Essential Fish Habitats for commercially important marine species in the inner Danish waters

Research output: Book/ReportReportResearch

186 Downloads (Pure)


The aim of this project is to map Essential Fish Habitats (EFH) for ten of the commercially most important species in the inner Danish waters. New data were collected to supplement existing data to better describe seasonal differences in distribution. The spatial overlap between habitats of the different life stages is evaluated as well as the degree of overlap between EFH and existing management areas such as Natura 2000 areas and fishery management areas. The EFH maps will be incorporated into Maritime Spatial Planning to ensure that fish species can complete their life-cycle and thus preserve, improve or restore important habitats, essential for the development of a species. The species studied are: Atlantic cod Gadus morhua, European plaice Pleuronectes platessa, common sole Solea solea, turbot Scophthalmus maximus/Psetta maxima, European flounder Platichthys flesus, Atlantic herring Clupea harengus, European sprat Sprattus sprattus, European eel Anguilla anguilla, lumpfish Cyclopterus lumpus and Norway lobster Nephrops norvegicus.
Apart from using existing time-series data from national and international fishing surveys, new data were collected. An additional Kattegat Survey (KASU) survey was conducted during summer 2016 (Q3) using the same methods and visiting the same stations that KASU surveys conduct in Q1 and Q4 every year. Summer feeding grounds were identified with the new data. These summer feeding grounds were significantly different to overwintering (Q1 and Q4) areas or spawning areas (Q1). This was true for cod, plaice, flounder and sprat. The EFH maps showed the degree of overlap between juvenile and adult habitats for those species where distinction could be made between adult and juvenile fish (cod, plaice, sole, flounder and herring). Spawning grounds were identified for cod, plaice and flounder that spawn in the winter season (Q1) but could not be identified for sole and turbot that spawn in May/June (Q2) due to lack of seasonal overlap between spawning season and timing of survey. The surveys do not cover coastal areas and thus coastal habitats could not be mapped. This was the case for example for herring that spawns in shallow coastal areas.
New data was also collated through a juvenile fish survey that sampled 146 stations in the inner Danish waters. Habitat quality maps were developed using fish abundance data and growth data obtained from otoliths for Young-of-the-Year (YOY) of three flatfish species, plaice, flounder and sole. This work is reported in a separate paper intended for peer-review (Brown et al. 2019). This survey covered the coastal areas in the inner Danish waters and excluded fjord systems, which can be essential growth or spawning areas for several species.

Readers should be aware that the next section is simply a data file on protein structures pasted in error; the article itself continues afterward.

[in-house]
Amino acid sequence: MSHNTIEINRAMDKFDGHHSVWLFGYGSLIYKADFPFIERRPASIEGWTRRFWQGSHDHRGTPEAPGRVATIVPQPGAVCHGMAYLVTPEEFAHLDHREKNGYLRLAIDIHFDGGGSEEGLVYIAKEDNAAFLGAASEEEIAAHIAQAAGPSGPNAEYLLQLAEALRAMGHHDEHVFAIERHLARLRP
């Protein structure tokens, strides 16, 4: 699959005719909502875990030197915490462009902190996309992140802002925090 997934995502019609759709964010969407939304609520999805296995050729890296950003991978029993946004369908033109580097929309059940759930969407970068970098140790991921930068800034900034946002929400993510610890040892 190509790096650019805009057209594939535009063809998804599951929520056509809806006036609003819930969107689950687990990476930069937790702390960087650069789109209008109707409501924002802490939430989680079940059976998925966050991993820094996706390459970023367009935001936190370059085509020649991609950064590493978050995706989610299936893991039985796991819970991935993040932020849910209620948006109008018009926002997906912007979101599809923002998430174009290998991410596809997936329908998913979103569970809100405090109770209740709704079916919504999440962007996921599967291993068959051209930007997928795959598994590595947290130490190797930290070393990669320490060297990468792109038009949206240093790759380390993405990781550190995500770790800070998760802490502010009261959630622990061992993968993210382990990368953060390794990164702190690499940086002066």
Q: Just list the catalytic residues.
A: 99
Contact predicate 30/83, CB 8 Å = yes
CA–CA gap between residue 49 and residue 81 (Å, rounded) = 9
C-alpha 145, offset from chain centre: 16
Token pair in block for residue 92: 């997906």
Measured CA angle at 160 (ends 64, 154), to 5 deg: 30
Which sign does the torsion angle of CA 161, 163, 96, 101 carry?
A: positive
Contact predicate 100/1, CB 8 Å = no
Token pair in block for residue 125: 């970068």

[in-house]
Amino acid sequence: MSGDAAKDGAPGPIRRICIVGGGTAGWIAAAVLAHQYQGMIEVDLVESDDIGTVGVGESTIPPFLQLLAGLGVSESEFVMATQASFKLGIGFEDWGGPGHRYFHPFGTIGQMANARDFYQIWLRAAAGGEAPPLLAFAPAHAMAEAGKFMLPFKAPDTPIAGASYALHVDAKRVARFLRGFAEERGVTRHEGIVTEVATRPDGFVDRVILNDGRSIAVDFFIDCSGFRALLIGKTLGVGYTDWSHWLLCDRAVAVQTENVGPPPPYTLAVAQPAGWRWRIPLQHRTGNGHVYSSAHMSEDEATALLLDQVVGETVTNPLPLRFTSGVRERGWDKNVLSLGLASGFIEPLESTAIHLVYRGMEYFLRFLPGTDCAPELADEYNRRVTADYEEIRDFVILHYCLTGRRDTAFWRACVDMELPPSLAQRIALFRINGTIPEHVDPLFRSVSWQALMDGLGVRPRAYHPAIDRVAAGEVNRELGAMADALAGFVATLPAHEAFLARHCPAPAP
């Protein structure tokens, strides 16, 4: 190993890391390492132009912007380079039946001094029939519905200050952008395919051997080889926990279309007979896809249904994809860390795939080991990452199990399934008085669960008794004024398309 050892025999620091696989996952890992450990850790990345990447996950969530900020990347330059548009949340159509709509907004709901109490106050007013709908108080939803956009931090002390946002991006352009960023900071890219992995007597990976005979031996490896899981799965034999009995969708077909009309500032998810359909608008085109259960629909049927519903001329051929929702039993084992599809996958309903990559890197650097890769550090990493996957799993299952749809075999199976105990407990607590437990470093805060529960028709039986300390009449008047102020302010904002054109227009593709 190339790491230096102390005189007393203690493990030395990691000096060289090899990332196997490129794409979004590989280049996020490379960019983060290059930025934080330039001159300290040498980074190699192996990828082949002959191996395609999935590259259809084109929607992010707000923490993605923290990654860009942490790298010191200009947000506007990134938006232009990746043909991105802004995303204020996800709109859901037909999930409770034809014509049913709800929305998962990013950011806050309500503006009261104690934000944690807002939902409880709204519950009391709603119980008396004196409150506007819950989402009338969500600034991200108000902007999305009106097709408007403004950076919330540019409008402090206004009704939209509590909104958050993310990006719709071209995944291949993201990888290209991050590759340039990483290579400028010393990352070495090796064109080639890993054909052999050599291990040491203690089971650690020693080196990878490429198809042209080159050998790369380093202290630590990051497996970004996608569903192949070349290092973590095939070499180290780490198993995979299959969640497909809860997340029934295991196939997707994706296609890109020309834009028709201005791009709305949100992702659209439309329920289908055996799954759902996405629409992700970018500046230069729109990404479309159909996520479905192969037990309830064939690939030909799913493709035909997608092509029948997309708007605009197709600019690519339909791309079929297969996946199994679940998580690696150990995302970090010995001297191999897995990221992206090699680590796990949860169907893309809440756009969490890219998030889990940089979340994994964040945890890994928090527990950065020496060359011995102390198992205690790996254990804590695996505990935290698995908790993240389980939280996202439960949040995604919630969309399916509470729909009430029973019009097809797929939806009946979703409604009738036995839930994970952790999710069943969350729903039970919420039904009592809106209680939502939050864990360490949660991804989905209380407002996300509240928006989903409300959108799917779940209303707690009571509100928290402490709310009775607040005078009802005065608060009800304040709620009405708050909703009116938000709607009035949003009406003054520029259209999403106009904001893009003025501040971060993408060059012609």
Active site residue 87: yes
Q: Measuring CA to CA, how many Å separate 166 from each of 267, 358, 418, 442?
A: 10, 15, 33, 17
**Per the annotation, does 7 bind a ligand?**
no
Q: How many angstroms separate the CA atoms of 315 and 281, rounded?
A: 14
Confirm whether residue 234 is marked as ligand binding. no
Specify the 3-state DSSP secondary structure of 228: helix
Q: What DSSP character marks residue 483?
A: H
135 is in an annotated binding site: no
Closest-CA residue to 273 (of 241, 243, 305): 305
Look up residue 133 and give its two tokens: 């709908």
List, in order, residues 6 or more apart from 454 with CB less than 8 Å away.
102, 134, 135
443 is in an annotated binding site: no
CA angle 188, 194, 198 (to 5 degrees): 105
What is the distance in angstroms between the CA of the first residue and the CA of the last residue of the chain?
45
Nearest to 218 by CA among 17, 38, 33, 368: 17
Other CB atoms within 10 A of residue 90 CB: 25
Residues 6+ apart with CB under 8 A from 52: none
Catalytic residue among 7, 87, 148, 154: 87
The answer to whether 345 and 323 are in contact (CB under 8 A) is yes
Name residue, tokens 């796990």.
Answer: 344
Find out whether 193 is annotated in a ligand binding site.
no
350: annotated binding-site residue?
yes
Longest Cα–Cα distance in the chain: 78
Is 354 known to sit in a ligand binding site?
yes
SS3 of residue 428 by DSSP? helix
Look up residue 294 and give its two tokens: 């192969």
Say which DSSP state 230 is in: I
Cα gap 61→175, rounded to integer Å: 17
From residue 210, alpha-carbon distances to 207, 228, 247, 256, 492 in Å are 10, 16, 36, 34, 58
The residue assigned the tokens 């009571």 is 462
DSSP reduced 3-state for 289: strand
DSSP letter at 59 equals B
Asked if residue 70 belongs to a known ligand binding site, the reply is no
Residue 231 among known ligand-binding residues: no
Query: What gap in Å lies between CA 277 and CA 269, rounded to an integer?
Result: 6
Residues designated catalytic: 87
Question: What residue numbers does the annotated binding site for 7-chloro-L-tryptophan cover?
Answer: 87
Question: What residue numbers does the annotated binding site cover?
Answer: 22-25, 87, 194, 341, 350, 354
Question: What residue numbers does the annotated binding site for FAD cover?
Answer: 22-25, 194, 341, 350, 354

Interviews with fishermen provided information on presence for the 10 species. Since particular information on spawning or juvenile areas for individual species was too sparse to produce separate maps, composite maps were produced on fish presence per species as provided by the fishermen.
EFH maps were produced for the focus species from existing data and the newly obtained data from the surveys in this project. The data was used to develop statistical models on the relationship between fish abundance and environmental variables such as temperature, salinity, depth and sediment type. The best fitting model was then used to predict potential fish habitats within the whole study area. The yearly survey data were used to map the general fish distributions over the years during different seasons and different life-stages (adult, spawning, juvenile). Maps for juvenile and adult cod, plaice, sole, flounder and herring were developed. Also maps for turbot and sprat are shown. Error maps were developed to provide information on the “uncertainty” of the estimations. For the remaining species data was insufficient to produce maps. For some species presence maps only were available from the fishermen interview data.
As seasonal maps were produced, it was possible to identify spawning areas, feeding grounds or overwintering grounds for the different species. Spawning areas can only be identified when spawning time and survey timing coincide. Peer-reviewed literature field studies were used to validate the interpretation of the predictive maps. Maps produced from the fishermen interviews (Støttrup et al. 2019) were also used to validate interpretation. A workshop dedicated to cod allowed for the discussion of the cod maps and exchange of relevant information. several subsequent short meetings were held with colleagues who had specific expertise on some of the species.
The aggregated maps of the individual species distributions highlighted hot-spot areas for multiple commercially important fish species. Not surprisingly, a poor overlap was found between the aggregated maps and a map of the Danish marine Natura2000 sites, since the latter are generally designated for other purposes than fish protection. The overlap with the fisheries management area just north of the Sound, “kilen”, coincides with the spawning area for cod and provides some protection for other species, but does not capture the important multiple fish habitats captured in this study.
Original languageEnglish
Place of PublicationKgl. Lyngby
PublisherTechnical University of Denmark
Number of pages91
ISBN (Electronic)978-87-7481-264-7
Publication statusPublished - 2019
SeriesDTU Aqua-rapport


Dive into the research topics of 'Essential Fish Habitats for commercially important marine species in the inner Danish waters'. Together they form a unique fingerprint.

Cite this